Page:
In the studio with Zack Smithey

To refer to St. Louis artist Zack Smithey as a Renaissance Man would be an understatement. He started painting under his grandmother’s guise as a child, played the viola for a decade, has painted sets at the Muny, taught high school art, owns a restaurant with his wife, is the general contractor on his new “shipping container” home and, well, is a full time artist. I was introduced to his work while wandering thru Kit + Ace last month and fell in love with his over-sized, bold-colored swirls of paint, which Smithey refers to as his Vibrations series.  Then I ran into Smithey again at Wall Ball, where I got to see first hand the technique he uses to create the Vibrations pieces (for the record, it’s enamel paint drizzled, dripped, swirled or pooled on masonite). After that, I was hooked. So I made a visit to his studio last week to see where the magic happens.

Smithey was trained to draw from an early age by his grandmother, also an artist. They would work on still-life pastel drawings in the kitchen for hours, then critique each others work. It wasn’t until he was getting his BFA in Studio Art at Lindenwood University, years later, that he realized those early critiques were more like college level discussions than your typical elementary level studies. But his passion for art was born and Smithey went on to pursue art in college and then taught art to high schoolers, as a means of paying off student loans. He continued his art full time, even while teaching. After a few years of doing both, he realized he could no longer afford to teach, so he stopped teaching to focus on his painting.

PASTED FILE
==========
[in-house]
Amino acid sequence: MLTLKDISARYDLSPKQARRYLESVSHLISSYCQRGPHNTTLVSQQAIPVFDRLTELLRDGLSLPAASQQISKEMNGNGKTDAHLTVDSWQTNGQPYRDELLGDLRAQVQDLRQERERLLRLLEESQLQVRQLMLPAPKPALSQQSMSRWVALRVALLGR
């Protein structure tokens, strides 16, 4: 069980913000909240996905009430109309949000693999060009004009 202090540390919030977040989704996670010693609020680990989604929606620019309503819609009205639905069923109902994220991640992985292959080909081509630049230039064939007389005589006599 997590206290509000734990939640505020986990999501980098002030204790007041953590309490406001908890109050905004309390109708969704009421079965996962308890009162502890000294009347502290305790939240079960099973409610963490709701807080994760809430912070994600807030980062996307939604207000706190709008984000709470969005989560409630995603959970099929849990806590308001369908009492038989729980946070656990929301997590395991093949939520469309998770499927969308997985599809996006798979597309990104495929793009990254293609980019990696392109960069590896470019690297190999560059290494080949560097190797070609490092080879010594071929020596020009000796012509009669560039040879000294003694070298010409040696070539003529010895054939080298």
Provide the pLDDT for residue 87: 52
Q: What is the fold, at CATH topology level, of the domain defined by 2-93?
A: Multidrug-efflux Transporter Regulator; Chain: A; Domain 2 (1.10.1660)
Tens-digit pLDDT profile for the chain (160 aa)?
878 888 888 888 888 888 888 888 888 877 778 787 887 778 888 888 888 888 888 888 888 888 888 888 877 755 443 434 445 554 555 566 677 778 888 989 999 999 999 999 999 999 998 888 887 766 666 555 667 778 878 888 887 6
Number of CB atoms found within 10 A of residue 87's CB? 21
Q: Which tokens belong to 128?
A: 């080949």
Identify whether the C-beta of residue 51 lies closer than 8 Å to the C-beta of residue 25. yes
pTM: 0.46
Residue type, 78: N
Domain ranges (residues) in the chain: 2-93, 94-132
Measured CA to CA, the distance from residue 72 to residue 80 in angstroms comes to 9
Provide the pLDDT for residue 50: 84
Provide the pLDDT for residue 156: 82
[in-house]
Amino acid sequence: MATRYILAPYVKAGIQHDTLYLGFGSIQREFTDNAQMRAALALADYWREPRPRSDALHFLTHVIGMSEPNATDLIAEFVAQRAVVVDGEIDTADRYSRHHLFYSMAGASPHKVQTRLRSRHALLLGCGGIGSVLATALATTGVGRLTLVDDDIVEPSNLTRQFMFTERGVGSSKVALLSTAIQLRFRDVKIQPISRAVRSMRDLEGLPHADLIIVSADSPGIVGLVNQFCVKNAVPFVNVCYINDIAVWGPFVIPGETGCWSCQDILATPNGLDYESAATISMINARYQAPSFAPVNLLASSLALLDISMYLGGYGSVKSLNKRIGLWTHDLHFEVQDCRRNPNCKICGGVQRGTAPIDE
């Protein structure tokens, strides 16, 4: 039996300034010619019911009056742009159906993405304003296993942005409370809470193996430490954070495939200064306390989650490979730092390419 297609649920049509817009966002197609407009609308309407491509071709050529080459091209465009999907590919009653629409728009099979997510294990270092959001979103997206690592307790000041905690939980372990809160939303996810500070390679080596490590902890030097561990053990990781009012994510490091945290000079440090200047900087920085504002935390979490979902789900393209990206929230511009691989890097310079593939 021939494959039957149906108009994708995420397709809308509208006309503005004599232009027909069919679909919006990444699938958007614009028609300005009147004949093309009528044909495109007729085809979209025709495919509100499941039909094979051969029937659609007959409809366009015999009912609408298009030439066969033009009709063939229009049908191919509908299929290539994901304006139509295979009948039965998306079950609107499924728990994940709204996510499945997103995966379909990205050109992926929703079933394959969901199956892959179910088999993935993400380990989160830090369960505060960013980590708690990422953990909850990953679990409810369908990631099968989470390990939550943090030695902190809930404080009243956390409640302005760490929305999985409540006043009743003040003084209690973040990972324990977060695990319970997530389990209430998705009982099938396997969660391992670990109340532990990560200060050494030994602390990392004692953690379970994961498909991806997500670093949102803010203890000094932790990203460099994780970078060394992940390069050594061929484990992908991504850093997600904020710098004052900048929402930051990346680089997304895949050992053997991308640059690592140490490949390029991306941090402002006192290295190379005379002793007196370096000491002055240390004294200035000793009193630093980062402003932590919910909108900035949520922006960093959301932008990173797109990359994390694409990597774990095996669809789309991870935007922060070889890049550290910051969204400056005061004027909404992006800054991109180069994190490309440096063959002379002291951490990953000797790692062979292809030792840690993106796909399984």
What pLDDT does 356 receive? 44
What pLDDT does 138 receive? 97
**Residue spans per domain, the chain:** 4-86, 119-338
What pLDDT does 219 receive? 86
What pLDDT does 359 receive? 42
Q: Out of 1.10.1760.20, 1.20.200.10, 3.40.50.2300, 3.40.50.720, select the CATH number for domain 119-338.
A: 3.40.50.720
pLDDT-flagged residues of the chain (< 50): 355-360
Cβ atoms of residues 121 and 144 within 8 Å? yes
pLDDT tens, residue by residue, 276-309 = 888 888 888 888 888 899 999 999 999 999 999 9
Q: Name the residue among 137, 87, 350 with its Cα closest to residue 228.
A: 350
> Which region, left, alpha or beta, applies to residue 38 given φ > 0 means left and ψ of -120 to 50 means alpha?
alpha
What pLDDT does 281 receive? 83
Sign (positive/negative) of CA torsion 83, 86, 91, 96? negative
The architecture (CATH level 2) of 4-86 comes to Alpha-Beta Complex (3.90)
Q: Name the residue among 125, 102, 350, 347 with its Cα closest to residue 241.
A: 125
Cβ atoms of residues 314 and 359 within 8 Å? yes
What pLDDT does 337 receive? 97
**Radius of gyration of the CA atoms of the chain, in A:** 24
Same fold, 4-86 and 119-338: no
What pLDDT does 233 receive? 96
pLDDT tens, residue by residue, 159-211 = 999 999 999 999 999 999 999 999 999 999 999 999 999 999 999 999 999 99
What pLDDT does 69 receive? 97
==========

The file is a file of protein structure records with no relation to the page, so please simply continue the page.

Smithey at work in his St. Charles studio.

While the work in Smithey‘s studio ranges from a very detailed black and white India ink portrait (my favorite), to large abstract pieces done with acrylics, to painted 3 dimensional busts and skulls, he is perhaps best knows for the Vibrations series I mention above and also his portraits of Mark Twain. When asked why Twain became the subject for so many (over 200 to be exact) paintings, Smithey explains, “He has roots in St. Louis, is an interesting historical figure, I like his work and I love old photographs, particularly this one of Twain.” Even though he has painted the same portrait so many times, no two are alike- all use different techniques and mediums to portray the same image.  As such, Smithey continually mentioned the “process” during our talk- he is not only concerned with the final product, but also with how a painting got there, the path it took to completion.

If you’re on Facebook and you’re local, you’ve probably heard the Smithey name because of an Easter Art Hunt he’s hosted in and around St. Louis for the past two years. Originally done in response to the Ferguson riots of August 2014, he felt the city needed a moral boost and a unifying cause to rally around. In an attempt to help, he made and then hid 1,000 pieces of art around St. Louis (Ferguson included), leaving clues as to their whereabouts on Facebook.  The art was hidden in or near small businesses or charities and non-profits. In exchange for the art, he asked that people buy something at the business or make a donation (in the amount of their choosing) to said charity. This year the “event” raised over $10,000 for local charities and non-profits. Pretty amazing.



The Vibrations series is not limited to paintings on masonite, Smithey also adorns busts and skulls with his signature swirls.

Smithey paints full time, but when not in the studio he is also the general contractor on his latest brainchild, St. Louis’ first shipping container house- the building of which is going to be documented on a major television network (but he’s not allowed to say which one until construction is finished).  The crew landed last week and will have someone on the ground in St. Louis until the house is completed in mid July. Made out of 8 shipping containers, it will be the Smithey residence until something else peaks his interest and he moves on, literally and figuratively.

Smithey‘s work is currently on display at the Houska Gallery in St. Louis’ Central West End, 4728 McPherson, until May 19th.

Top Images: Pieces from Smithey’s Vibrations Series, images courtesy of

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